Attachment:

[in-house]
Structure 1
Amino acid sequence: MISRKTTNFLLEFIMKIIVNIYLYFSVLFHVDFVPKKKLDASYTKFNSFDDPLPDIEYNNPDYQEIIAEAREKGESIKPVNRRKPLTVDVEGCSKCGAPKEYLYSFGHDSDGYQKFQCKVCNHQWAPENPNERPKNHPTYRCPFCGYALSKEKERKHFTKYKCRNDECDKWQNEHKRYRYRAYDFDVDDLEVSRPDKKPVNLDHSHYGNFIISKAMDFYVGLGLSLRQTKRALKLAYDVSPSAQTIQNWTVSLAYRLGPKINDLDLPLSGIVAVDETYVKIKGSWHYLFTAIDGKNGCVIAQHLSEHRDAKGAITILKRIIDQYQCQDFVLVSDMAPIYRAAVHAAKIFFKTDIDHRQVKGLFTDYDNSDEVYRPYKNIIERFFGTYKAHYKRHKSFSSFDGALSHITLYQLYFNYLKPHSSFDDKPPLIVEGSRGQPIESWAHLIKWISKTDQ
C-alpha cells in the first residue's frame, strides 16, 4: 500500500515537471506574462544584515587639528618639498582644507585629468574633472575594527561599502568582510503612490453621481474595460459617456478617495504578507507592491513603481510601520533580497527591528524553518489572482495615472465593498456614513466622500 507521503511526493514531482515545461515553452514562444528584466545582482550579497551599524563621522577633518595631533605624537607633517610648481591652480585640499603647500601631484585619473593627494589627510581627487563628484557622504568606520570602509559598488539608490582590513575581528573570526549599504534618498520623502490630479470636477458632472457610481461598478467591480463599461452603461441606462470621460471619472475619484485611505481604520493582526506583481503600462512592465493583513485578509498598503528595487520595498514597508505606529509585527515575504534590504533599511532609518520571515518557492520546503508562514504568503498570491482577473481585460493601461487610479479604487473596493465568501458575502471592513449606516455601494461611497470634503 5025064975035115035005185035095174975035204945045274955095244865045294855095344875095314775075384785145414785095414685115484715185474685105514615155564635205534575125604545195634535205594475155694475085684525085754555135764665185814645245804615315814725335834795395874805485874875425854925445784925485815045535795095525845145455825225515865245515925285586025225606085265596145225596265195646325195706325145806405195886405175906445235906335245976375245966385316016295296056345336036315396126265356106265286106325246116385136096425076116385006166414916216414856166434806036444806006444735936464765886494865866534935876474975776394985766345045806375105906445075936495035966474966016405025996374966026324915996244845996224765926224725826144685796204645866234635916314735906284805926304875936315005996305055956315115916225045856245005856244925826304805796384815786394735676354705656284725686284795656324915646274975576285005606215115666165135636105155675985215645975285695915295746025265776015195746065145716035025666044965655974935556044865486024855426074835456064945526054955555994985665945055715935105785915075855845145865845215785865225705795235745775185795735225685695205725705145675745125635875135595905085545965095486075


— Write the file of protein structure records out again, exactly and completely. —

[in-house]
Structure 1
Amino acid sequence: MISRKTTNFLLEFIMKIIVNIYLYFSVLFHVDFVPKKKLDASYTKFNSFDDPLPDIEYNNPDYQEIIAEAREKGESIKPVNRRKPLTVDVEGCSKCGAPKEYLYSFGHDSDGYQKFQCKVCNHQWAPENPNERPKNHPTYRCPFCGYALSKEKERKHFTKYKCRNDECDKWQNEHKRYRYRAYDFDVDDLEVSRPDKKPVNLDHSHYGNFIISKAMDFYVGLGLSLRQTKRALKLAYDVSPSAQTIQNWTVSLAYRLGPKINDLDLPLSGIVAVDETYVKIKGSWHYLFTAIDGKNGCVIAQHLSEHRDAKGAITILKRIIDQYQCQDFVLVSDMAPIYRAAVHAAKIFFKTDIDHRQVKGLFTDYDNSDEVYRPYKNIIERFFGTYKAHYKRHKSFSSFDGALSHITLYQLYFNYLKPHSSFDDKPPLIVEGSRGQPIESWAHLIKWISKTDQ
C-alpha cells in the first residue's frame, strides 16, 4: 500500500515537471506574462544584515587639528618639498582644507585629468574633472575594527561599502568582510503612490453621481474595460459617456478617495504578507507592491513603481510601520533580497527591528524553518489572482495615472465593498456614513466622500 507521503511526493514531482515545461515553452514562444528584466545582482550579497551599524563621522577633518595631533605624537607633517610648481591652480585640499603647500601631484585619473593627494589627510581627487563628484557622504568606520570602509559598488539608490582590513575581528573570526549599504534618498520623502490630479470636477458632472457610481461598478467591480463599461452603461441606462470621460471619472475619484485611505481604520493582526506583481503600462512592465493583513485578509498598503528595487520595498514597508505606529509585527515575504534590504533599511532609518520571515518557492520546503508562514504568503498570491482577473481585460493601461487610479479604487473596493465568501458575502471592513449606516455601494461611497470634503 5025064975035115035005185035095174975035204945045274955095244865045294855095344875095314775075384785145414785095414685115484715185474685105514615155564635205534575125604545195634535205594475155694475085684525085754555135764665185814645245804615315814725335834795395874805485874875425854925445784925485815045535795095525845145455825225515865245515925285586025225606085265596145225596265195646325195706325145806405195886405175906445235906335245976375245966385316016295296056345336036315396126265356106265286106325246116385136096425076116385006166414916216414856166434806036444806006444735936464765886494865866534935876474975776394985766345045806375105906445075936495035966474966016405025996374966026324915996244845996224765926224725826144685796204645866234635916314735906284805926304875936315005996305055956315115916225045856245005856244925826304805796384815786394735676354705656284725686284795656324915646274975576285005606215115666165135636105155675985215645975285695915295746025265776015195746065145716035025666044965655974935556044865486024855426074835456064945526054955555994985665945055715935105785915075855845145865845215785865225705795235745775185795735225685695205725705145675745125635875135595905085545965095486075